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Where to buy THF by Dupont?

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Q. Hello. I have been reading on this site how to paint uPVC and make the paint stick. One of the answers was to get THF (tetrahydrocarbon^tetrahydrofuran) by Dupont, mix some colourant into it and 'bobs yer uncle'. That's all well and good but where would I source some THF, etc.

Robin Adeleted
hobbyist - Southampton, Hampshire, England
outdated


First of two simultaneous responses -- +++++

A. Robin,

THF ... simple, Sir ... goest thou to your local hobby shop and get some PVC primer ... now, said shop might well not have a clear primer because ... over here, anyway, the primer is coloured blue so that the plumbing inspectors can see if someone has done a proper job of 'cementing' pipe and used the 'primer' (pure or pure-ish Tetrahydrofuran) first of all prior to cementing.

Caution ... don't do this in the kitchen! There's quite a smell from THF. Apply in a well ventilated spot.

An idea ... try out some ABS solvent ... this is not so potent as THF but it might be OK to get a bond and also would not cost so much ... it's called MEK.

Happy painting.

freeman newton portrait Freeman Newton
- White Rock, British Columbia, Canada
freeman newton died


Second of two simultaneous responses -- +++++

A. On this side of the pond, THF is tetrahydrofuran. It is a very strong solvent of PVC and shows up in many PVC cements. It can also be used as a softener of several vinyls. Trying to find it in small quantities may be difficult. If all else fails, you might try some of the scientific supply houses. It will be a lot more expensive than if you can find it in small quantities from a chemical supply house or a paint store.

James Watts
- Navarre, Florida


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A. First of all THF is known as tetrahydrofuran and is a horrible smelly organic solvent. Secondly, it is sold with an additive in it to prevent to formation of explosive peroxides, so be very careful when you use it. It may be possible to buy it from a chemical supply house (e.g., Aldrich or VWR International) or a specialist hobby shop. You can also use other solvents for PVC, such as MEK / methyl ethyl ketoneamazoninfo. This is much safer and nowhere near as smelly. Again, you will need a supply house or specialist hobby shop. However, you may be able to get some from a local chemical company.

Trevor Crichton
R&D practical scientist
Chesham, Bucks, UK


March 7, 2008

Methyl ethyl ketone (butanone) is readily available in gallon quantities in just about any hardware store.

In the US at least.

Jake Johnson
- LR, Arkansas


March 2, 2012

Q. I have a question that is related to this subject.
My problem. Two pieces of PVC pipe were glued together and I need to pull the female portion of the PVC out. The female portion can be discarded however, the male portion of the pipe needs to be separated and be brought back to as pristine condition as possible so it can be used again.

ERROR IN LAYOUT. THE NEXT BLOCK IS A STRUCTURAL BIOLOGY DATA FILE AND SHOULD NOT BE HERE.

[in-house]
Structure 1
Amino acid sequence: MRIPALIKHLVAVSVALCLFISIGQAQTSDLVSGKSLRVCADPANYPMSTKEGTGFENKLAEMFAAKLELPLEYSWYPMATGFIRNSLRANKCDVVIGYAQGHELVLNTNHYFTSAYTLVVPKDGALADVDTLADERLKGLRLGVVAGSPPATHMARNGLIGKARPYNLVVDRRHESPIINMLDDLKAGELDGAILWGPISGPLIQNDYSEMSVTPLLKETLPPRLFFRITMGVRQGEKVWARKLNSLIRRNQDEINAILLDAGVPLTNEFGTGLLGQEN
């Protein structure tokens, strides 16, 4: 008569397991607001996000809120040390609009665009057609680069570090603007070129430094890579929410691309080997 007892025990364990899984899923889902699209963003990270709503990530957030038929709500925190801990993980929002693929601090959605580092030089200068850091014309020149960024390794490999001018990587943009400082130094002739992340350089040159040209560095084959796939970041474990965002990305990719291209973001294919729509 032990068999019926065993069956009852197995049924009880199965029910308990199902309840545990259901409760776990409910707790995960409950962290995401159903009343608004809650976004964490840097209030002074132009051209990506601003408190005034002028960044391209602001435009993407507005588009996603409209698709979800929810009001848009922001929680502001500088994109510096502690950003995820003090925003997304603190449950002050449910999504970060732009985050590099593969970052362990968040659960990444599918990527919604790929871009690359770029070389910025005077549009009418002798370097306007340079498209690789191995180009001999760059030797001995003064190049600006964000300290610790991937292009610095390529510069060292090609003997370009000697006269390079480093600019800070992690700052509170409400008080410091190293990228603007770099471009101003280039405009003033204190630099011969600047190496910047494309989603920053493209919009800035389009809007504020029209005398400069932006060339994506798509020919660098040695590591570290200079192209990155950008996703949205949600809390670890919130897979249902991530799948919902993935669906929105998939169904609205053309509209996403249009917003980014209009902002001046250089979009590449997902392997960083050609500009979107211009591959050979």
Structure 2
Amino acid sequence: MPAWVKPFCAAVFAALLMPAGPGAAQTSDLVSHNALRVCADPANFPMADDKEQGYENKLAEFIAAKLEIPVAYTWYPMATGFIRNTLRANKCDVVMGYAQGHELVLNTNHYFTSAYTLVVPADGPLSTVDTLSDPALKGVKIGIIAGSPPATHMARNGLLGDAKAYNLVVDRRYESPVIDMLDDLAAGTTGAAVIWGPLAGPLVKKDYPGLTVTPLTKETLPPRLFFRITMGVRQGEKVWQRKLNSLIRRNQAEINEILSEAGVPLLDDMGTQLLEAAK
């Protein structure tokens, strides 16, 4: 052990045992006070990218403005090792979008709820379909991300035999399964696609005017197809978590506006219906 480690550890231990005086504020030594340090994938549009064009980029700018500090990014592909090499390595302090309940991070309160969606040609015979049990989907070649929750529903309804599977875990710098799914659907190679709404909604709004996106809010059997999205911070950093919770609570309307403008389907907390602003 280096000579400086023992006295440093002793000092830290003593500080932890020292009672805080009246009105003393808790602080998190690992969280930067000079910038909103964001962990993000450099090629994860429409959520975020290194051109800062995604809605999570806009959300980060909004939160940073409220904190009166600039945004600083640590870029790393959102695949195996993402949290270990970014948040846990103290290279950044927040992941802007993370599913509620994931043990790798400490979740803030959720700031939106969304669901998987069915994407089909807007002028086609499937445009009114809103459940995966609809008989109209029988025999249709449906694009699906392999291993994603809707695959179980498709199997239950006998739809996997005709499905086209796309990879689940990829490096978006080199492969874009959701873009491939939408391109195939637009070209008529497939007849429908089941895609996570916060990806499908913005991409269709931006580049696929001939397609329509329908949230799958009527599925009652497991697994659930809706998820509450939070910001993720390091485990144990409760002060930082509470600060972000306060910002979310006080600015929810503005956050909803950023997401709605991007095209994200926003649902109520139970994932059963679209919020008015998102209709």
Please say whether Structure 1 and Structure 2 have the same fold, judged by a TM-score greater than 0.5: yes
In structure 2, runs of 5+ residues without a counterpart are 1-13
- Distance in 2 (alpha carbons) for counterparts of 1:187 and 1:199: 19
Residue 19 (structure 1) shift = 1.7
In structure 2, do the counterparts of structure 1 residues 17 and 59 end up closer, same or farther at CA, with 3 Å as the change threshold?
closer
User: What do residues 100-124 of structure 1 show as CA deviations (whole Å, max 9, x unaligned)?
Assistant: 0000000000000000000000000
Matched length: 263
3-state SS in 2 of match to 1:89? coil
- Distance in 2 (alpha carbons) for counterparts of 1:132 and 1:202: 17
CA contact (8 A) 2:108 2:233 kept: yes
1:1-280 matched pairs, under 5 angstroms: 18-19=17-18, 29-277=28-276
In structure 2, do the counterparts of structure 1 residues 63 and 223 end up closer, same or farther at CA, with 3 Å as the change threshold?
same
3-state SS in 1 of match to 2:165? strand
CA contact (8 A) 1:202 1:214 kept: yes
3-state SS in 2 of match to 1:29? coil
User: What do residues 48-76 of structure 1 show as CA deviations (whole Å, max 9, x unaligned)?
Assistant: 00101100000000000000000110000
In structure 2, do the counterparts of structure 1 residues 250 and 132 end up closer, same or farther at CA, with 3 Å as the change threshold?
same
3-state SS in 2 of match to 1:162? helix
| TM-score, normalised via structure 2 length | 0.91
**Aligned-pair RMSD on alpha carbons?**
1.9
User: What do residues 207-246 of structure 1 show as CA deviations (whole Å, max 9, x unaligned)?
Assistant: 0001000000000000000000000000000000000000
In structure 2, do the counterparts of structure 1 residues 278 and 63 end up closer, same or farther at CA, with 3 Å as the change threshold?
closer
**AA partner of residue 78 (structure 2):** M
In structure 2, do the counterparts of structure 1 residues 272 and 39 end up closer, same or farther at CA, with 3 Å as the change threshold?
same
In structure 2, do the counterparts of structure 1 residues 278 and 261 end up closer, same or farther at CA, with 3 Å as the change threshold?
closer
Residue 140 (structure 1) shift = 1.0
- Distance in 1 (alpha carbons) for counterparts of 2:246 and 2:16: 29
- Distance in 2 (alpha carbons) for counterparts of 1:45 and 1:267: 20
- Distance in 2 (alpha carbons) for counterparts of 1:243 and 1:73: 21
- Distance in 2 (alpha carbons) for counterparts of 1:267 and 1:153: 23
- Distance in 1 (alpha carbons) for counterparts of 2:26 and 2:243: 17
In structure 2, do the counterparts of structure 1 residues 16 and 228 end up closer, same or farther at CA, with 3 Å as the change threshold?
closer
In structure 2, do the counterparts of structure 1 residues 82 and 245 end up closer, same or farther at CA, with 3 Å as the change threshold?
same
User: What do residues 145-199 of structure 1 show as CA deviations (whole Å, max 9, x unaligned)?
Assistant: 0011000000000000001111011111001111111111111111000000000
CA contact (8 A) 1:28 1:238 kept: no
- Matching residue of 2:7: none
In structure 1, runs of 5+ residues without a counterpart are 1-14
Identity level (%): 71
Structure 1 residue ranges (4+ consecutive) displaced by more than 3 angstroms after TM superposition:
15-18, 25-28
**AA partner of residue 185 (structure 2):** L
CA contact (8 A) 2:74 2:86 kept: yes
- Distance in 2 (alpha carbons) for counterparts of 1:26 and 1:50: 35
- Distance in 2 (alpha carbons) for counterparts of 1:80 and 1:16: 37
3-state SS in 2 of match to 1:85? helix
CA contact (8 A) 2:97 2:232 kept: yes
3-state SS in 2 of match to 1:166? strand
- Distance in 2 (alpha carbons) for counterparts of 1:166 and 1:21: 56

Can I use MEK or another solvent to dissolve the inner male portion of the PVC (carefully) without damaging the outer female portion?

Cutting it and splicing together is not an option, the female PVC is part of a larger item that will need to be used again.

thanks in advance!

Sam

Sam Worth
- Rowlett, Texas, USA


March 6, 2012

Hi. Sam.

These pieces were joined by "solvent welding", not "gluing". Please take a minute to clear your mind of the image of two separate fittings glued together, and think in terms of a single new piece. The only way to separate them may be to machine away what you no longer want; I'm not sure.

In one paragraph you say you can discard the female portion but must save the male portion; in the next you say you want to dissolve the male portion but must not damage the female portion, so please clarify :-)

Luck and Regards,

pic of Ted Mooney Teds signature
Ted Mooney, P.E. RET
finishing.com
Pine Beach, New Jersey



May 3, 2013

Q. Hi,
I am doing solvent bonding with THF to join TPU sheet material.
I get fair results if I spray and allow dwell time, re-spray and clamp under pressure.
Someone told me they wetted it really quick and rolled it with a rolling pin; I tried that and got poor results.
I seems that the THF causes uneven surface height because the THF attacks the surface and melts it.
I was using the smooth side of the material versus the matte side ... which may work better?
The THF dissolves extremely quick, is there an additive or a better solvent to bond with?
Thanks,

Dennis Schreuer
- Palm Desert, California, United States
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